Australian climate science is important not just for Australia, a country of 24 million people, but for the world. Australia is the most scientifically accomplished nation in the Southern Hemisphere, which has expanses of ocean and relatively little land.
In effect, this small country is keeping an eye on half the planet for the rest of us.
Much of the necessary work is done by scientists on the payroll of the country’s principal research agency, known as the Commonwealth Scientific and Industrial Research Organization. It was within that agency that last year’s controversy unfolded.
Budgets at the agency had been under pressure for years, much as scientific budgets have been in the United States. Then in 2015, a new boss, Larry R. Marshall, took over at the behest of the conservative government, controlled by a party known here, oddly, as the Liberals, and led now by Malcolm Turnbull. (Actual liberals join the Labor Party.)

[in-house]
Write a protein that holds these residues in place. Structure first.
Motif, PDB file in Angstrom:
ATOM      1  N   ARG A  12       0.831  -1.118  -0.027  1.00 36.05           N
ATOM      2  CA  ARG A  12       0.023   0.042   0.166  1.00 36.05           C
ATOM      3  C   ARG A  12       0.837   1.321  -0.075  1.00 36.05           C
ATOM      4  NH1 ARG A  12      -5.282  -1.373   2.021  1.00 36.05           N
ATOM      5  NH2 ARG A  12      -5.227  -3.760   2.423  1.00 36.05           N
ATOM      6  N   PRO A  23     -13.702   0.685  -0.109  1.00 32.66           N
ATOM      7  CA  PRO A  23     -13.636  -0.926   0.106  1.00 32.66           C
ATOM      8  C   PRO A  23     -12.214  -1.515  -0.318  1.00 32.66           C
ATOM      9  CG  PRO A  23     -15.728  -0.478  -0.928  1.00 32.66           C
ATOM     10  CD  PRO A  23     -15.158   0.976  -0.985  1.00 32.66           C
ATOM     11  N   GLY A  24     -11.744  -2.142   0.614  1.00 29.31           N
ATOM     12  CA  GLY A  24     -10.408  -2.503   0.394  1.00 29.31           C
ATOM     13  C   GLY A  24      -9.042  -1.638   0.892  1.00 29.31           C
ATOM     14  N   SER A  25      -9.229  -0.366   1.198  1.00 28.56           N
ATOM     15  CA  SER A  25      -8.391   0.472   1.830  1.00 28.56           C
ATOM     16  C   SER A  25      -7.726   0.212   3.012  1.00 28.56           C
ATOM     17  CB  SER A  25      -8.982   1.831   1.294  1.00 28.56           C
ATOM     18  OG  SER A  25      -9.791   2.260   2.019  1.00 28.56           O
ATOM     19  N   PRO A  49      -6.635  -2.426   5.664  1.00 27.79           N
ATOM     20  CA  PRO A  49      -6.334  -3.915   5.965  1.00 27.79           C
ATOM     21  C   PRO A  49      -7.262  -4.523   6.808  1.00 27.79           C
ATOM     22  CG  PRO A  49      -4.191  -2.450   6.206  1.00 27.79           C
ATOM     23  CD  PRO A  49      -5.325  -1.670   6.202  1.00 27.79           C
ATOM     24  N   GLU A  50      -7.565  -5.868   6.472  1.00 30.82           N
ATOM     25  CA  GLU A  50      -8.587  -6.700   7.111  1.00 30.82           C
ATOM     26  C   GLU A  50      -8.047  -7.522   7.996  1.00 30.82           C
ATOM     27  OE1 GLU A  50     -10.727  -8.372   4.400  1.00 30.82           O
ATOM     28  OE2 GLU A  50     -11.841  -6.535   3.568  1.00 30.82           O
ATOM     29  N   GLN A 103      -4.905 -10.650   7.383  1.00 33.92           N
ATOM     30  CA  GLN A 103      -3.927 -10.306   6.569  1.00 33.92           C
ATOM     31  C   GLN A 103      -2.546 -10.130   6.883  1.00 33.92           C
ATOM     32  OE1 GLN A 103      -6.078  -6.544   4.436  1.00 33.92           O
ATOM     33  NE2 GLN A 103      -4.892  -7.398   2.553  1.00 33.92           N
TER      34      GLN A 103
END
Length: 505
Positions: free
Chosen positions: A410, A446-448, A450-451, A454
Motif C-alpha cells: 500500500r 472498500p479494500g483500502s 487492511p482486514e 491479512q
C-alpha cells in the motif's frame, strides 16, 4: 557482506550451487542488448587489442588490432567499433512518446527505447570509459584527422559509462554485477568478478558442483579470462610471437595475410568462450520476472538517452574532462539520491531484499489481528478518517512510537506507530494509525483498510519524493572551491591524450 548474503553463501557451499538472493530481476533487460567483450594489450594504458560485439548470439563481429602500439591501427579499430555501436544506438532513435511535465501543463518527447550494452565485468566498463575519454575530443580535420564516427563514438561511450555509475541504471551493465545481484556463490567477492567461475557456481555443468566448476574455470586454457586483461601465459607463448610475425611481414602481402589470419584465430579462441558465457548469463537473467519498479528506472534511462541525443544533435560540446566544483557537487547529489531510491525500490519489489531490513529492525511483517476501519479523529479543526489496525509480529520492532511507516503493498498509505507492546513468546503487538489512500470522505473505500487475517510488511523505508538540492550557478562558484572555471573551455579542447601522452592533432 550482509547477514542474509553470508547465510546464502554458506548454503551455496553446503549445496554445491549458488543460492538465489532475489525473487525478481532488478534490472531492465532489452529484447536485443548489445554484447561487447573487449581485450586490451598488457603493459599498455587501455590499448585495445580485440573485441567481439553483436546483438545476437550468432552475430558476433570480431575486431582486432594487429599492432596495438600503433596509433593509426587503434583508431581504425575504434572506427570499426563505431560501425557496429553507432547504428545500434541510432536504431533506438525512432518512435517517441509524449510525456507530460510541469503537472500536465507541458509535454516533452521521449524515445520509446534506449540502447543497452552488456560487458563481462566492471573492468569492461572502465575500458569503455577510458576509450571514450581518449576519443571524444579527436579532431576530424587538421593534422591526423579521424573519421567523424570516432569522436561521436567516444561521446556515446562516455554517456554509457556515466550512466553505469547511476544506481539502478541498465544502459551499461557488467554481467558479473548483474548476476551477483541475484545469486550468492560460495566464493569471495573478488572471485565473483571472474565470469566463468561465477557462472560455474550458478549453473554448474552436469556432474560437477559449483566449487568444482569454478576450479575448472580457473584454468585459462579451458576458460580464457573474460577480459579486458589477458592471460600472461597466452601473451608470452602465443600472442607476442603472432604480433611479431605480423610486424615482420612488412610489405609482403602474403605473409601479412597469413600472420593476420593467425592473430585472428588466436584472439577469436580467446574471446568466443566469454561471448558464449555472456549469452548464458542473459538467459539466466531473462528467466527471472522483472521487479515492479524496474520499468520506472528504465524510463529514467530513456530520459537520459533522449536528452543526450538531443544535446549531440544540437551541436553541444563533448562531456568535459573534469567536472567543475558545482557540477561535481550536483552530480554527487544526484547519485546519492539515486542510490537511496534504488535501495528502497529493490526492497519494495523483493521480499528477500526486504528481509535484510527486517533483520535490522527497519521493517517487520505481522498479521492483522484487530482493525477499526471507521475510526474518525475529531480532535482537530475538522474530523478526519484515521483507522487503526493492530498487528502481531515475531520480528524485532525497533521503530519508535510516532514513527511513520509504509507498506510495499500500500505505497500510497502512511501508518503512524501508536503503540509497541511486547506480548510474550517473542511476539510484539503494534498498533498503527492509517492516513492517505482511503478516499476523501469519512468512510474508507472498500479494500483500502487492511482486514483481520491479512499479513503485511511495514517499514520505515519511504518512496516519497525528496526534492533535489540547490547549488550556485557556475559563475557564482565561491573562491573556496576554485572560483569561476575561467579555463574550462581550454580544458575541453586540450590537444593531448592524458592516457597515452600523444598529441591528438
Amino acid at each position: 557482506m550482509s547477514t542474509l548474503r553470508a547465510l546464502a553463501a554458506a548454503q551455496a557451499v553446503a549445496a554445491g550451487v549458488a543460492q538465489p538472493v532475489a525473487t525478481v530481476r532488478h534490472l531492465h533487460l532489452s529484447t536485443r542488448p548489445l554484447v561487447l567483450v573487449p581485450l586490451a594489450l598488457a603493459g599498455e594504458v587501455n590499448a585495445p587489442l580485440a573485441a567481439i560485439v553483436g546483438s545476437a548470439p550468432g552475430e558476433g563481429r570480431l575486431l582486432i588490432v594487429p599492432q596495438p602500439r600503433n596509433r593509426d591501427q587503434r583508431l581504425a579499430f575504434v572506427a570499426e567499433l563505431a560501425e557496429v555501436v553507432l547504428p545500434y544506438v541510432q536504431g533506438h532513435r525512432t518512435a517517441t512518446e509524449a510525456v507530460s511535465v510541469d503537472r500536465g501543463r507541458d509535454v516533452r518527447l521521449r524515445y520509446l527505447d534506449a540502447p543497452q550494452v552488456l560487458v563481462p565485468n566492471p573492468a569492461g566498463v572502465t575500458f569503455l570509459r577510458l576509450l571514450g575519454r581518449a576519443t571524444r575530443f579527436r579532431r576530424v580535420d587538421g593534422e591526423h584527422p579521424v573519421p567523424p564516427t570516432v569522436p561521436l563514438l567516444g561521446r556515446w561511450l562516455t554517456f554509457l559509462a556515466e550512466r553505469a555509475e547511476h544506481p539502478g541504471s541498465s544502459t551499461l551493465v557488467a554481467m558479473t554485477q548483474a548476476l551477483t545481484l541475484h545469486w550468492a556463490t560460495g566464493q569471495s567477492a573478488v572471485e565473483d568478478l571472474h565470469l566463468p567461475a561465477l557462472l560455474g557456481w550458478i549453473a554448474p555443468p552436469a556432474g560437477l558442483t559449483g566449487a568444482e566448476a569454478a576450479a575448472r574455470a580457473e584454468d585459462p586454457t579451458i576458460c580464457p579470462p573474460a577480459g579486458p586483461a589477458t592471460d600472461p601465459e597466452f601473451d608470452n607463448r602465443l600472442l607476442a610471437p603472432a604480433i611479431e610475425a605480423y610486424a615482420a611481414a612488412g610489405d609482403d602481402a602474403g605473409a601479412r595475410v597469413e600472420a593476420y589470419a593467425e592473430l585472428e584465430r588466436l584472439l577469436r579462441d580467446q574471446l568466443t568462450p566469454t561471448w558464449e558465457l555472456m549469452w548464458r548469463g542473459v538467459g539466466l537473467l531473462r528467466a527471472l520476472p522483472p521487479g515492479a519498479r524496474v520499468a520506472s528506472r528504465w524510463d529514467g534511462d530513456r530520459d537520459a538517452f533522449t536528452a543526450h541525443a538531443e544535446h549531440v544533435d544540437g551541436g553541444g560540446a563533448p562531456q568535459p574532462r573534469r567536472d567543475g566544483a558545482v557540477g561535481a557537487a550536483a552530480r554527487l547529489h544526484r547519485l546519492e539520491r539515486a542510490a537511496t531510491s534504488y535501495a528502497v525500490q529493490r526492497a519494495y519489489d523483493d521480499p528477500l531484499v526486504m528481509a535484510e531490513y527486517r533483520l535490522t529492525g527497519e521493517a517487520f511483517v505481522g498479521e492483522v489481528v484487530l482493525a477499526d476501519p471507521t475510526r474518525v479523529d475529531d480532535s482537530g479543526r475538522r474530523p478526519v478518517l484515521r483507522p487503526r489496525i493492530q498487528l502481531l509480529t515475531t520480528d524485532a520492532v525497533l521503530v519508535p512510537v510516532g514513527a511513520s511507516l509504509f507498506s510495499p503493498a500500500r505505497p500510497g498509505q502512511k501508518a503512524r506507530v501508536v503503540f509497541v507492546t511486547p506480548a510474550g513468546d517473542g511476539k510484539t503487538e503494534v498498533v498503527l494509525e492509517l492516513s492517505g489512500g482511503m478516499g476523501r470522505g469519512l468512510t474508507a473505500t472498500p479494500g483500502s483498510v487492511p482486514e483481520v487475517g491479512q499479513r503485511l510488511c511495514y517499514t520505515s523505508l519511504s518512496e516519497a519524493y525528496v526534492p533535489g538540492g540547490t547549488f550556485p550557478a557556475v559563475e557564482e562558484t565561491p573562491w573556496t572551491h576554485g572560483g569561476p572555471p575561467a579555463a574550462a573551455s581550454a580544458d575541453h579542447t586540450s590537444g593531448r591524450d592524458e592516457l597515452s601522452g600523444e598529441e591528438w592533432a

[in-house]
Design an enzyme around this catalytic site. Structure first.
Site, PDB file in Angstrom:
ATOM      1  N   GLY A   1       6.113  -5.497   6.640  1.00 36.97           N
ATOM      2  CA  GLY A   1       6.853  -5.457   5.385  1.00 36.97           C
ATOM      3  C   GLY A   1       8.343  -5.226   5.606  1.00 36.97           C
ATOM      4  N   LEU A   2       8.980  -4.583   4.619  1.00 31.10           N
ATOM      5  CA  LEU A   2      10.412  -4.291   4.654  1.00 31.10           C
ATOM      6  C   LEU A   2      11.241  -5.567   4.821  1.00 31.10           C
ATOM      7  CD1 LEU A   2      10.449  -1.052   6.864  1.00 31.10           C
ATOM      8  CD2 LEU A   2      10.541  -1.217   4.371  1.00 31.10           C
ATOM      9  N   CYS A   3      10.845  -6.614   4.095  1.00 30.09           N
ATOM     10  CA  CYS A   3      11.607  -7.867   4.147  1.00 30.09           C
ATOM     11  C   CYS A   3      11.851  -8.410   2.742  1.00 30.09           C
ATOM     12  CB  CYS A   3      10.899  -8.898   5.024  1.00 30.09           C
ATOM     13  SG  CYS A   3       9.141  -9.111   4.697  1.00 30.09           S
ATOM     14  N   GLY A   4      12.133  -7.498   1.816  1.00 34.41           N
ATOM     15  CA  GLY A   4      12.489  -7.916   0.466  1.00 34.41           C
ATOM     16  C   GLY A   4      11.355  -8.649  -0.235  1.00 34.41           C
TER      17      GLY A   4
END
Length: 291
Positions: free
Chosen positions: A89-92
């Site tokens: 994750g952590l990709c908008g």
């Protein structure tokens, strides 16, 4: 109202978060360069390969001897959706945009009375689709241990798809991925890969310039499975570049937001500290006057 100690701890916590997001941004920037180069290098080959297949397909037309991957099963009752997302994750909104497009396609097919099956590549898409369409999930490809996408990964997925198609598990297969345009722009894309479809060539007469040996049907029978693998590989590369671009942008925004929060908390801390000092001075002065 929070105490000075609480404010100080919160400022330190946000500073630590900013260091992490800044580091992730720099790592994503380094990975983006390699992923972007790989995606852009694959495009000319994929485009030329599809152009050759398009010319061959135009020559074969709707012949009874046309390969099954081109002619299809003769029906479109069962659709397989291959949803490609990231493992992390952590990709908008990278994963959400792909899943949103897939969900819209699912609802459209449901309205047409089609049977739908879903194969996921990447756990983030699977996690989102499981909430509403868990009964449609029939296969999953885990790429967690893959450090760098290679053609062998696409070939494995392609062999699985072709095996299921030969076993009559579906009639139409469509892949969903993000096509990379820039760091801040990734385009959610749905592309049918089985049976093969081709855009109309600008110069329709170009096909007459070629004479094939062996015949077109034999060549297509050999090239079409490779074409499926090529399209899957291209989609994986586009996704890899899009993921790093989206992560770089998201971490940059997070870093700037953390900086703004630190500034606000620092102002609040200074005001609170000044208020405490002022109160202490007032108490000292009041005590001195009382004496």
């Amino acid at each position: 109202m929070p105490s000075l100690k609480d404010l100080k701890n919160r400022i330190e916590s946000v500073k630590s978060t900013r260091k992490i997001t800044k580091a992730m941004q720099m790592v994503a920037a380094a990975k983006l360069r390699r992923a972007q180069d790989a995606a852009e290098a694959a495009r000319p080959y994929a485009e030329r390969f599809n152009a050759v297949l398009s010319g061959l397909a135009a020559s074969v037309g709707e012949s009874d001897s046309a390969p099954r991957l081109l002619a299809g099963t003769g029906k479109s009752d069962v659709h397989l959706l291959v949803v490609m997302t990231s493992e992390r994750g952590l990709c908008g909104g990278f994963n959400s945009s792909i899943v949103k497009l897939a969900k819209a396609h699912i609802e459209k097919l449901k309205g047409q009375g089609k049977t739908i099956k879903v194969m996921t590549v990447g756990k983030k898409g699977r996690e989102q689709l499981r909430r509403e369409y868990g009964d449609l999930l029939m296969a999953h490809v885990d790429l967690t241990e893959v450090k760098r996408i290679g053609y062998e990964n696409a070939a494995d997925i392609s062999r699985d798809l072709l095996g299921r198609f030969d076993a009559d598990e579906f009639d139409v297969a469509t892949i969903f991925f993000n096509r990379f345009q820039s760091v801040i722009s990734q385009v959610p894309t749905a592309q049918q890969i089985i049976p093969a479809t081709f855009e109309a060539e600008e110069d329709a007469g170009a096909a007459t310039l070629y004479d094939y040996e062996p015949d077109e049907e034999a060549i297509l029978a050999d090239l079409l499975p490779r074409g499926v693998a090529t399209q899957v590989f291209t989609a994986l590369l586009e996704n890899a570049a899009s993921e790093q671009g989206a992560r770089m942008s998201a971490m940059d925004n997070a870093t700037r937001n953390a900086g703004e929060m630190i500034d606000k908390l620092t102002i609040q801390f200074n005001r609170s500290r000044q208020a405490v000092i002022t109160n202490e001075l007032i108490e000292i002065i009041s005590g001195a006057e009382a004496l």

Though Dr. Marshall is Australian, he made his name as a scientific researcher and entrepreneur in the United States. He went back to Australia with the goal of sprinkling some Silicon Valley pixie dust on the agency, doing more to turn its fundamental research into jobs and start-up companies to benefit the economy.
Studying the agency’s costs, Dr. Marshall and his aides decided that too many people were working on basic questions about the climate. If he laid off scores of them, he reasoned, he would have money to reinvest in other priorities. Those would include looking for ways to reduce emissions, and to adapt to climate changes that could no…